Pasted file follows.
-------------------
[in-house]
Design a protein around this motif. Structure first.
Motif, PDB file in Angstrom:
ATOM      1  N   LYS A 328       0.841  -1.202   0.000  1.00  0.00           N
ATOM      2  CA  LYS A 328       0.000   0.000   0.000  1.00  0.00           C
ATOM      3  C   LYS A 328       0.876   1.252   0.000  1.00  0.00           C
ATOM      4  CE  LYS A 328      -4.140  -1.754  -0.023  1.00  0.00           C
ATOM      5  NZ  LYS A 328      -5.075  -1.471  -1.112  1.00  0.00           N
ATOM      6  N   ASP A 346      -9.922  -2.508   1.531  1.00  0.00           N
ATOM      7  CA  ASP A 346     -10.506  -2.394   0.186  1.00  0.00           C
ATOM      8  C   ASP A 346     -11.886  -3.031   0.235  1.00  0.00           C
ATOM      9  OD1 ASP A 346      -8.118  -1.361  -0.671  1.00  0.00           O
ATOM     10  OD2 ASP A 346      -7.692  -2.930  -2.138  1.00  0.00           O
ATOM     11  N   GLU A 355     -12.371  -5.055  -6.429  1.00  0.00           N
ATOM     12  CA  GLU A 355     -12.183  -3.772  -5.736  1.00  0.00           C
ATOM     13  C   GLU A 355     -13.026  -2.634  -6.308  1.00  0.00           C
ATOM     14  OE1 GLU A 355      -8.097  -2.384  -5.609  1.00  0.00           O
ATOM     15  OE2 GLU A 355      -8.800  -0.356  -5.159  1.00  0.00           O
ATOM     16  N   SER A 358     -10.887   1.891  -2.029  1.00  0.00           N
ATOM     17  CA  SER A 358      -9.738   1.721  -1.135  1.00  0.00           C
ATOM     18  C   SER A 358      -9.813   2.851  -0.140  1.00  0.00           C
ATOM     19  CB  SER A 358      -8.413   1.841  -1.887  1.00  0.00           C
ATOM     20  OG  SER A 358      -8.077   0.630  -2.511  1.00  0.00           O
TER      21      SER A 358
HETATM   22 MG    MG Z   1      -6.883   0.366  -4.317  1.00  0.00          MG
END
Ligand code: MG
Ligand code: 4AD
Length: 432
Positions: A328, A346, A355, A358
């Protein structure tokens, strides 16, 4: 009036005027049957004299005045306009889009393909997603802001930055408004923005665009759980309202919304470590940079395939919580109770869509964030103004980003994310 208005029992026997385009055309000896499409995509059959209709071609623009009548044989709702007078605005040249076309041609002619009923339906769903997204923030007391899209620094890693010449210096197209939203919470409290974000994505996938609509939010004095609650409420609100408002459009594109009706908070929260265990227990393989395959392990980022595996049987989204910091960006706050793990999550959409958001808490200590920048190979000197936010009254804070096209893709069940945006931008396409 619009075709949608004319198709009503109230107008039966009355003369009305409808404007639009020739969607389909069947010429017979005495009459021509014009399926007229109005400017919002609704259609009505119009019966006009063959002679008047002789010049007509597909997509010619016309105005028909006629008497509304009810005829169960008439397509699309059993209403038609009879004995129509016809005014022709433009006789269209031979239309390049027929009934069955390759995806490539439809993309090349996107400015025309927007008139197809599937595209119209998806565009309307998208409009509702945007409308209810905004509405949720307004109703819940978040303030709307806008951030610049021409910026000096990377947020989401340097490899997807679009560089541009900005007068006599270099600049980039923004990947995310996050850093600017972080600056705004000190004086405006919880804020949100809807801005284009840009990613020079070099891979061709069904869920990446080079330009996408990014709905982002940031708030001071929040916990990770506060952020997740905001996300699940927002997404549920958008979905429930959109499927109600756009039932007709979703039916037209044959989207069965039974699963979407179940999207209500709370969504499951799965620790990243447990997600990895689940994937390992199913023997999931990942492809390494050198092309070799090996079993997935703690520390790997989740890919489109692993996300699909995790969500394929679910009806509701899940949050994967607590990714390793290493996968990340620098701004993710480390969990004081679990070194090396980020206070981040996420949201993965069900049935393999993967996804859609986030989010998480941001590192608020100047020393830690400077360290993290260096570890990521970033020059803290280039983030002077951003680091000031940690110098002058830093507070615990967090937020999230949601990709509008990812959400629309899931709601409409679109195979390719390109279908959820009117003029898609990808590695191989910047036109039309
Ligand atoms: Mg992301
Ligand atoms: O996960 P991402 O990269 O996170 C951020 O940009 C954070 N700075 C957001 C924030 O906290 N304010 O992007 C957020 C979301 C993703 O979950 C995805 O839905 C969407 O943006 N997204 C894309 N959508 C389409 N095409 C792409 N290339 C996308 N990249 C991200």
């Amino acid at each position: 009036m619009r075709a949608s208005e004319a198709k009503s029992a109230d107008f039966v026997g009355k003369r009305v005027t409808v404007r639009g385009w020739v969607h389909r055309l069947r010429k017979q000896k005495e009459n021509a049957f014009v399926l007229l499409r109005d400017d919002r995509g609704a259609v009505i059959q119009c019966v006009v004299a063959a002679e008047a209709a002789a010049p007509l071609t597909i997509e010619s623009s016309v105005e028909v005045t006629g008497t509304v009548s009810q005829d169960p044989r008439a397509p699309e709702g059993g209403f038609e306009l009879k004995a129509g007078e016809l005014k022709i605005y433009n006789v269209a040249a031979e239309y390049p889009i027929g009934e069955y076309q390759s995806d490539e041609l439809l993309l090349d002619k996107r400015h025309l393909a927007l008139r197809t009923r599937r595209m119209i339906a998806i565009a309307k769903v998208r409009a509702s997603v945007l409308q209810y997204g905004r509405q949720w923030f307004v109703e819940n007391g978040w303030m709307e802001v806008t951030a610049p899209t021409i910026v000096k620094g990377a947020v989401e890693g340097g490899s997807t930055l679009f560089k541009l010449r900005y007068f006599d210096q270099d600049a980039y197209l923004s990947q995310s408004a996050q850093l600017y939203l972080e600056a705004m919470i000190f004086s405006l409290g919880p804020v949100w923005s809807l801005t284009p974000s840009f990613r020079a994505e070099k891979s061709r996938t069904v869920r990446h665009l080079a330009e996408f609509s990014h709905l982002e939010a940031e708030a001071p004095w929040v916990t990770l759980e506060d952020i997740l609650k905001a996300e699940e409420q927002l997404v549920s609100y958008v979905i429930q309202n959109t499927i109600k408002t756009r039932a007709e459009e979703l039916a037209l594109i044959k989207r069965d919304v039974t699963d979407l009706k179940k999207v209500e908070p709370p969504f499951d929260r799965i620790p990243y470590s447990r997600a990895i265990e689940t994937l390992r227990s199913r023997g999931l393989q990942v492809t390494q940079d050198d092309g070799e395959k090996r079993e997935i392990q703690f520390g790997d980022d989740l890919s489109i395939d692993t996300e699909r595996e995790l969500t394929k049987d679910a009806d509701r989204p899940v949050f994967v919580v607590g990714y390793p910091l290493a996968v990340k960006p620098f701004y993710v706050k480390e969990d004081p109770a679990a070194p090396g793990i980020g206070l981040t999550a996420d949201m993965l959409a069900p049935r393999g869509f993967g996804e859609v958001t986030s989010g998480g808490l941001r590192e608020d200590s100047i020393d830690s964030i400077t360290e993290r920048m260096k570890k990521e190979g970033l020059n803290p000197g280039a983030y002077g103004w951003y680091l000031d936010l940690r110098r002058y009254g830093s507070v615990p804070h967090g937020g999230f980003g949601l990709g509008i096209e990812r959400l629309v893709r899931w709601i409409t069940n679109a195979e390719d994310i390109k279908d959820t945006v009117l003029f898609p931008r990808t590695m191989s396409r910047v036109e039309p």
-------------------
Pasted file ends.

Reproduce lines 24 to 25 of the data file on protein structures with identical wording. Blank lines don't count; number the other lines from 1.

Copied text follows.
TER      21      SER A 358
HETATM   22 MG    MG Z   1      -6.883   0.366  -4.317  1.00  0.00          MG